Chimera patterns in three-dimensional locally coupled systems

Srilena Kundu, Bidesh K. Bera, Dibakar Ghosh, M. Lakshmanan

Research output: Contribution to journalArticlepeer-review

27 Scopus citations

Abstract

The coexistence of coherent and incoherent domains, namely the appearance of chimera states, has been studied extensively in many contexts of science and technology since the past decade, though the previous studies are mostly built on the framework of one-dimensional and two-dimensional interaction topologies. Recently, the emergence of such fascinating phenomena has been studied in a three-dimensional (3D) grid formation while considering only the nonlocal interaction. Here we study the emergence and existence of chimera patterns in a three-dimensional network of coupled Stuart-Landau limit-cycle oscillators and Hindmarsh-Rose neuronal oscillators with local (nearest-neighbor) interaction topology. The emergence of different types of spatiotemporal chimera patterns is investigated by taking two distinct nonlinear interaction functions. We provide appropriate analytical explanations in the 3D grid of the network formation and the corresponding numerical justifications are given. We extend our analysis on the basis of the Ott-Antonsen reduction approach in the case of Stuart-Landau oscillators containing infinite numbers of oscillators. Particularly, in the Hindmarsh-Rose neuronal network the existence of nonstationary chimera states is characterized by an instantaneous strength of incoherence and an instantaneous local order parameter. Besides, the condition for achieving exact neuronal synchrony is obtained analytically through a linear stability analysis. The different types of collective dynamics together with chimera states are mapped over a wide range of various parameter spaces.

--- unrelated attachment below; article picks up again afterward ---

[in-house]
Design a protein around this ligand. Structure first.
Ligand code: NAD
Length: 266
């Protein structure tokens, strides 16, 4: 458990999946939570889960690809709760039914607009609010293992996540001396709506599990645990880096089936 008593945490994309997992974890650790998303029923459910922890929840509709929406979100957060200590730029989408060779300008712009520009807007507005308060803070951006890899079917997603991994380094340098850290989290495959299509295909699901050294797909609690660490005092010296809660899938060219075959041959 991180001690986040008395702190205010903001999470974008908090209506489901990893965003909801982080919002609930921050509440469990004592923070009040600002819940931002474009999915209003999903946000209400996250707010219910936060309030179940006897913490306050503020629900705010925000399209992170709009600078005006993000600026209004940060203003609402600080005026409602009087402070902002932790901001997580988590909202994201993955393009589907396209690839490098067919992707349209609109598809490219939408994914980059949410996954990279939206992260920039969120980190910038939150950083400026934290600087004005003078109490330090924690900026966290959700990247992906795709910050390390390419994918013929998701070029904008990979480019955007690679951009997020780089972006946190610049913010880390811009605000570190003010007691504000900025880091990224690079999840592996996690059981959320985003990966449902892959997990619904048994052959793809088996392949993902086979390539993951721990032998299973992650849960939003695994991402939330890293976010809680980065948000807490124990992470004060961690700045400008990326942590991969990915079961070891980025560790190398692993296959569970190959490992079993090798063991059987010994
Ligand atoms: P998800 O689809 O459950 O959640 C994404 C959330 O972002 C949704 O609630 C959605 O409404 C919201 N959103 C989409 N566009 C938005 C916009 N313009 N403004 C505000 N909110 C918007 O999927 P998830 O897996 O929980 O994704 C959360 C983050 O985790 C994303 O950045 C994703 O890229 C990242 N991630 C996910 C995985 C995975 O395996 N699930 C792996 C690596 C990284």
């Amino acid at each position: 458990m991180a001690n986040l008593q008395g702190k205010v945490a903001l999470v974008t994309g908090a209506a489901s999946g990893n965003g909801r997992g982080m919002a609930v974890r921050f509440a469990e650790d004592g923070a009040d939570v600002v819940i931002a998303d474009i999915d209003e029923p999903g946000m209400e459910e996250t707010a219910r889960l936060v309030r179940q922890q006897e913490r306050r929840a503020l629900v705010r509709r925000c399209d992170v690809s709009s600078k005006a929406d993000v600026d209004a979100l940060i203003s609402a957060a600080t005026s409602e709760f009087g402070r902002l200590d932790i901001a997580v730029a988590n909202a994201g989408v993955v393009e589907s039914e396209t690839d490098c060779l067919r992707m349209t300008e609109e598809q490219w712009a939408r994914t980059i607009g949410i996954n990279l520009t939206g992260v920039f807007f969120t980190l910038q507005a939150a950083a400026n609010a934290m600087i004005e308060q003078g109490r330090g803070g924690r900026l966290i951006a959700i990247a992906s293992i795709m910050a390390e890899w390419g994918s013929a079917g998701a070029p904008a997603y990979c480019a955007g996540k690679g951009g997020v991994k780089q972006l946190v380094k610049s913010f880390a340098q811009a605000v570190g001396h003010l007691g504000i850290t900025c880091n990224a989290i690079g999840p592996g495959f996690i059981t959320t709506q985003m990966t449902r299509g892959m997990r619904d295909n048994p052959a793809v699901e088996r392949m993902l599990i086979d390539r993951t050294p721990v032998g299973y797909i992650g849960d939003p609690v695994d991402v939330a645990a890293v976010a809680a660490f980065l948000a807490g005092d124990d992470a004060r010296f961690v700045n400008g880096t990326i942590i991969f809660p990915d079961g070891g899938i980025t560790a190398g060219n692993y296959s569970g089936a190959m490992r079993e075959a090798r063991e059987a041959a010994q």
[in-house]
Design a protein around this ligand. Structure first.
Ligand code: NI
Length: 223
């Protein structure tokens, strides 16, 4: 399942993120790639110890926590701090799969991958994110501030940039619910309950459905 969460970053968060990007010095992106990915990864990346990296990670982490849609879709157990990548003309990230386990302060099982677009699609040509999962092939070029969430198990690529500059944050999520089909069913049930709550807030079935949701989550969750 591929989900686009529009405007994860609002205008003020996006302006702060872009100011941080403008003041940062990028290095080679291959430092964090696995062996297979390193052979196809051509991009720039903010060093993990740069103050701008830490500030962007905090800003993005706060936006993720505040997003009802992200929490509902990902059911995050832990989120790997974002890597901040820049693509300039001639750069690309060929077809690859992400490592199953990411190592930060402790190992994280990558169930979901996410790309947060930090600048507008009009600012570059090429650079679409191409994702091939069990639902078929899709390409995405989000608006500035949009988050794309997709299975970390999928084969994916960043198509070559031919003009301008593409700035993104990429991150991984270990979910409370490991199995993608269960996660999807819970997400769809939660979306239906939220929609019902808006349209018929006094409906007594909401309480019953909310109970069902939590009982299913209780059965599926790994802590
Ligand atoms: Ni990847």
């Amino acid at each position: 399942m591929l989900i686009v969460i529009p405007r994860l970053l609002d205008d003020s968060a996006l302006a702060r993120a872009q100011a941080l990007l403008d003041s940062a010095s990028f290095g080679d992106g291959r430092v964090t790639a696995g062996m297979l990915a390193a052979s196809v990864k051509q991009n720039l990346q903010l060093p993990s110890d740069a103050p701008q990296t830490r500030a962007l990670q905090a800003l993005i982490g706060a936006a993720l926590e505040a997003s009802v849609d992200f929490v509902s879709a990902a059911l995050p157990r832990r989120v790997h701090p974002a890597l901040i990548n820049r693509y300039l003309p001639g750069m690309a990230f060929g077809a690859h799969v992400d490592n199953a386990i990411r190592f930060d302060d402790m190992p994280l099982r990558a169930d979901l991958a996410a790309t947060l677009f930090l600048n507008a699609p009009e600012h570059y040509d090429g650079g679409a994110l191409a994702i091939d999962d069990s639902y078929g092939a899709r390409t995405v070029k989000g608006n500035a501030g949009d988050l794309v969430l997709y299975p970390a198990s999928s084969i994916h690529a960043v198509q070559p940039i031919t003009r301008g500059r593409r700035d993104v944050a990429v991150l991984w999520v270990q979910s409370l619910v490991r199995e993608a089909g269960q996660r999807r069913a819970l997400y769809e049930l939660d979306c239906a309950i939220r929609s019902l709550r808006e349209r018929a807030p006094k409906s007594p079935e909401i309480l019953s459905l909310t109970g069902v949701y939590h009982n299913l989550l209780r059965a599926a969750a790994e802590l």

Original languageEnglish
Article number022204
JournalPhysical Review E
Volume99
Issue number2
DOIs
StatePublished - 8 Feb 2019
Externally publishedYes

Fingerprint

Dive into the research topics of 'Chimera patterns in three-dimensional locally coupled systems'. Together they form a unique fingerprint.

Cite this